In a post last year, Colin Marshall wrote of the Swedish abstract painter Hilma af Klint, who “developed abstract imagery,” notes Sweden’s Moderna Museet, “several years before” contemporaries like Wassily Kandinsky, Piet Mondrian, and Kazimir Malevich. Much like Kandinsky, who articulated his theories in the treatise Concerning the Spiritual in Art, af Klint “assumed that there was a spiritual dimension to life and aimed at visualizing context beyond what the eye can see.” Influenced by spiritualism and theosophy, she “sought to understand and communicate the various dimensions of human existence.”
Born in 1862 and raised in the Swedish countryside, af Klint began her studies at the Academy of Fine Arts in Stockholm after her family relocated to the city. “After graduating and until 1908,” Moderna Museet writes, “she had a studio at Kungsträdgården in central Stockholm.
She painted and exhibited portraits and landscapes in a naturalist style.” But as a result of her experiences in séances in the late 1870s, af Klint became interested in “invisible phenomena.”
In 1896, Hilma af Klint and four other women formed the group “De Fem” [The Five]. They made contact with “high masters” from another dimension, and made meticulous notes on their séances. This led to a definite change in Hilma af Klint’s art. She began practising automatic writing, which involves writing without consciously guiding the movement of the pen on the paper. She developed a form of automatic drawing, predating the surrealists by decades. Gradually, she eschewed her naturalist imagery, in an effort to free herself from her academic training. She embarked on an inward journey, into a world that is hidden from most people.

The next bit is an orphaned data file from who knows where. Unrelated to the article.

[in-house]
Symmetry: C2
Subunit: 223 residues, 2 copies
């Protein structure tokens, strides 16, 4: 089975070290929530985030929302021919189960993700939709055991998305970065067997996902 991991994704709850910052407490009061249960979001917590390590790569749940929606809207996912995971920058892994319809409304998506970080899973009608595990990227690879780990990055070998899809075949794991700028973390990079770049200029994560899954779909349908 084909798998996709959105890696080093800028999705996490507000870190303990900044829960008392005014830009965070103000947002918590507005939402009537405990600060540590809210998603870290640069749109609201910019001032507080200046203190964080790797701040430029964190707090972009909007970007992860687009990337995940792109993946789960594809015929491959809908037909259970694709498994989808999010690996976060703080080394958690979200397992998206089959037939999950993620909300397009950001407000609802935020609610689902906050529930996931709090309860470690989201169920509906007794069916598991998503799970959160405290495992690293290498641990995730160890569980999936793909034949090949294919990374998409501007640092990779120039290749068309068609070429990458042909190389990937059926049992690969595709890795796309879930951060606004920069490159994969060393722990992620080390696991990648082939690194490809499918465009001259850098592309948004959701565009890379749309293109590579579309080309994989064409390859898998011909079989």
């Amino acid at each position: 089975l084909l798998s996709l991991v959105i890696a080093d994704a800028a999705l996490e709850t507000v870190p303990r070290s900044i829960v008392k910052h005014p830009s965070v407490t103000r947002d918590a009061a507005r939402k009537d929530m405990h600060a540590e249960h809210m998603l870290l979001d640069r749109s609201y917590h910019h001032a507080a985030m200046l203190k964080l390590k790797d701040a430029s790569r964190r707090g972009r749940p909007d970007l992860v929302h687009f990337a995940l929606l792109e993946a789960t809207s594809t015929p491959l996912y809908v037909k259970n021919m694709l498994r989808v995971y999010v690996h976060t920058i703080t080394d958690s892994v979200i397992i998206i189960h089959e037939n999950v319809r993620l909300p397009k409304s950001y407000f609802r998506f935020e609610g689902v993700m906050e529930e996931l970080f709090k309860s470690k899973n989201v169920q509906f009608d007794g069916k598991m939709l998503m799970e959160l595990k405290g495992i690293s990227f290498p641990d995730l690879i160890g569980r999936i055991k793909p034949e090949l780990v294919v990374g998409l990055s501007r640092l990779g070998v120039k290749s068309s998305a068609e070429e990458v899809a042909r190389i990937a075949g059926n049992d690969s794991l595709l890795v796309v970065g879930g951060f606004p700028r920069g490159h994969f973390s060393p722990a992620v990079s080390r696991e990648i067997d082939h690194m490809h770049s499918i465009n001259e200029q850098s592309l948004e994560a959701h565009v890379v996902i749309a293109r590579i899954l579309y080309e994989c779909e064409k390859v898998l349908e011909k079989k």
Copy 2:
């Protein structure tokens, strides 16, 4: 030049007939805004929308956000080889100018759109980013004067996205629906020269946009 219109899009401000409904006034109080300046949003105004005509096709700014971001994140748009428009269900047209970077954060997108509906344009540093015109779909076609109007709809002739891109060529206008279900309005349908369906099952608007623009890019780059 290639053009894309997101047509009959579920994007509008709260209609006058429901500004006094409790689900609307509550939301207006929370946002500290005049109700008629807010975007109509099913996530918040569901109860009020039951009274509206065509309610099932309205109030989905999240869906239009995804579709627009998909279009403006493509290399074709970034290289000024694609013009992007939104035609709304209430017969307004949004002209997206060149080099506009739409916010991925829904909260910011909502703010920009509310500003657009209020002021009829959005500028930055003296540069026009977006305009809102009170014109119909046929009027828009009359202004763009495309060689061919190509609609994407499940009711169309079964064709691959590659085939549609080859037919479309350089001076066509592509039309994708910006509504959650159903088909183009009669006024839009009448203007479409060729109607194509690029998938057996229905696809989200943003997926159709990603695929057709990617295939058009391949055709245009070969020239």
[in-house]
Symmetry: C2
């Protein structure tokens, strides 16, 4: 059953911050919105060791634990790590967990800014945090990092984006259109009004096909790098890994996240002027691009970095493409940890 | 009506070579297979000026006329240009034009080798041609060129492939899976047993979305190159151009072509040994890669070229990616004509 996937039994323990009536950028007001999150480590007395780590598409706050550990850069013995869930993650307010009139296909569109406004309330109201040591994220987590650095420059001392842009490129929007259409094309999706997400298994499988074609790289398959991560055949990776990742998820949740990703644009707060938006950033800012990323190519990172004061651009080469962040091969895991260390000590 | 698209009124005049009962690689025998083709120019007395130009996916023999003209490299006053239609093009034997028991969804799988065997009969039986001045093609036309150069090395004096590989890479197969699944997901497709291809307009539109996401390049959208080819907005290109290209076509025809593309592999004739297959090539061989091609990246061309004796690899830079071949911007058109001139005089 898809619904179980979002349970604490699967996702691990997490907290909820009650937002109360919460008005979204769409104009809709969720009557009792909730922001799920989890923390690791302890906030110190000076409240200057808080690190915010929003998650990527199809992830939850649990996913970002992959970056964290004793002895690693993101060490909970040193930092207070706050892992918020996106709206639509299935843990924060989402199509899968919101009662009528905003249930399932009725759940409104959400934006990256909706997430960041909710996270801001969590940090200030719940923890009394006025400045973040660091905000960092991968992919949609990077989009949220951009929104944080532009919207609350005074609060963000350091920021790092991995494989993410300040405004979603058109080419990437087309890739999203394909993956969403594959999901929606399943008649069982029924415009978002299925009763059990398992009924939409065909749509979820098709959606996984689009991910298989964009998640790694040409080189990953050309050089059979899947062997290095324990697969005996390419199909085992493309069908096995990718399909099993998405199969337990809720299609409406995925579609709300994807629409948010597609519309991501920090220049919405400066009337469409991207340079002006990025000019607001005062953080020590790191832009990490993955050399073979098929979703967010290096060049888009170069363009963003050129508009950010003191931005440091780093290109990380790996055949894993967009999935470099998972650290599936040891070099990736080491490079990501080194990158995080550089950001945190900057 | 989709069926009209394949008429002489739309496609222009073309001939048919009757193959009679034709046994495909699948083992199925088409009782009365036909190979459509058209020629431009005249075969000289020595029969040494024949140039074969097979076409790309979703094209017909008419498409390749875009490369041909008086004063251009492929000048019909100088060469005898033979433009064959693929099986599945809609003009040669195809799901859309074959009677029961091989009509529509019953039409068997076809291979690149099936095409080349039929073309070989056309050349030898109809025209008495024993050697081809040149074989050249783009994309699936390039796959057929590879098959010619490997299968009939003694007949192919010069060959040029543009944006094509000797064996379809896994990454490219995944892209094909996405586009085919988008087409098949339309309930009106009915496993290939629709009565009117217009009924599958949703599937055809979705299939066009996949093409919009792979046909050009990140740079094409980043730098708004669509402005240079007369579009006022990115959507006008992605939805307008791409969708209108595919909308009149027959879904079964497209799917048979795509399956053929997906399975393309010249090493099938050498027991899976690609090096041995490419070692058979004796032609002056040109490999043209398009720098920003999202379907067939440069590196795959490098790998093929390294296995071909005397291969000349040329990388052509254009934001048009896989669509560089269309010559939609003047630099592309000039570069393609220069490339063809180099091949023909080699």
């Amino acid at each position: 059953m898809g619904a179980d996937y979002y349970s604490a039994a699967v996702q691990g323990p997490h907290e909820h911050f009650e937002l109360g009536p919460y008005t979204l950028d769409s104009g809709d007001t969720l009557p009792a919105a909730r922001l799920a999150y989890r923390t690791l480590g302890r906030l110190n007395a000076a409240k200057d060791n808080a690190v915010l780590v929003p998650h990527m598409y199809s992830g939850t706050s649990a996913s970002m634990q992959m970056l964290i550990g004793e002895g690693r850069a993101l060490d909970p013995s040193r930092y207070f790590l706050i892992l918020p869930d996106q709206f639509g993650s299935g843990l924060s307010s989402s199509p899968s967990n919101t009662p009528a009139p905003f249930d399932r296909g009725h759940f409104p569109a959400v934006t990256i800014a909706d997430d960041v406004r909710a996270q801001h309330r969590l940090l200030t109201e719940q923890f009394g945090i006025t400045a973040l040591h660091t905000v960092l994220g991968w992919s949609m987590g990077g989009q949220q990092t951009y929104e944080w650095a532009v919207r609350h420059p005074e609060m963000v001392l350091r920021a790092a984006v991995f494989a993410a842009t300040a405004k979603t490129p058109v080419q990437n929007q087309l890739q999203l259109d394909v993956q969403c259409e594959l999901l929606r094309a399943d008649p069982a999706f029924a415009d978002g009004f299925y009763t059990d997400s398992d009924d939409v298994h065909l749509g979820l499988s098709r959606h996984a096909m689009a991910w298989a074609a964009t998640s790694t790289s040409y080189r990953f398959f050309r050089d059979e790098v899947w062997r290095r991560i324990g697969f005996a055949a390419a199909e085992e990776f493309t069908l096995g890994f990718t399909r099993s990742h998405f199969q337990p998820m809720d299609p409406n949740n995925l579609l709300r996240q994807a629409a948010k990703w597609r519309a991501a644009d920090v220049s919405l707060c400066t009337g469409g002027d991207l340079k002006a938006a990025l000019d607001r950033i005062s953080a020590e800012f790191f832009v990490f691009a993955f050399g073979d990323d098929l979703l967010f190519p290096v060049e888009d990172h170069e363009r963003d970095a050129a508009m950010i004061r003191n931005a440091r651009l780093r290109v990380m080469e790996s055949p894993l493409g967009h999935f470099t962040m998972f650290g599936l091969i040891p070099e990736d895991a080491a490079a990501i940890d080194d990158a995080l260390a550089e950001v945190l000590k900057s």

During one such séance, in 1904, af Klint reported that she had “received a ‘commission,’” Kate Kellaway writes at The Guardian, “from an entity named Amaliel who told her to paint on ‘an astral plane’ and represent the ‘immortal aspects of man.’” From 1906 to 1915, she produced 193 paintings, “an astonishing outpouring,” which she called “Paintings for the Temple.”
Hers is a strange story. Even in a time when many famous contemporaries, like Sir Arthur Conan Doyle, professed similar beliefs and spiritual practices, not many claimed to be taking dictation directly from spirits in their work. The question af Klint raises for art historians is whether she was “a quirky outsider” or “Europe’s first abstract painter, central to the history of abstract art.” Her mystical eccentricities constitute a large part of the reason she has remained obscure for so long. Rather than seek fame and acclaim for her originality, af Klint stipulated when she died in 1944 at age 81 that “her work—1,200 paintings, 100 texts and 26,000 pages of notes—should not be shown until 20 years after her death.”
Still, it took a further 22 years before her work was seen in public, at a 1986 Los Angeles show called “The Spiritual in Art.” While her peers developed large followings in their lifetimes and took part in influential movements, af Klint cultivated a private, insular world all her own, not unlike that of William Blake, who also remained mostly obscure during his life, though not necessarily by choice. Her choice to hide her work came out of an early encounter, Dangerous Minds notes, with Rudolf Steiner, “who was similarly following a path towards creating a synthesis between the scientific and the spiritual” and who told her “these paintings must not be seen for fifty years as no one would understand them.”
Now that af Klint’s work has been exhibited in full, most recently by the Moderna Museet, curators like Iris Müller-Westermann believe, as Kellawy notes, “that art-historical wrangles should not get in the way of work that needs to be seen.” Although af Klint may not have played an integral historical role in the development of abstract painting, her expansive body of work will likely inspire artists, scholars, and esoteric seekers for centuries to come.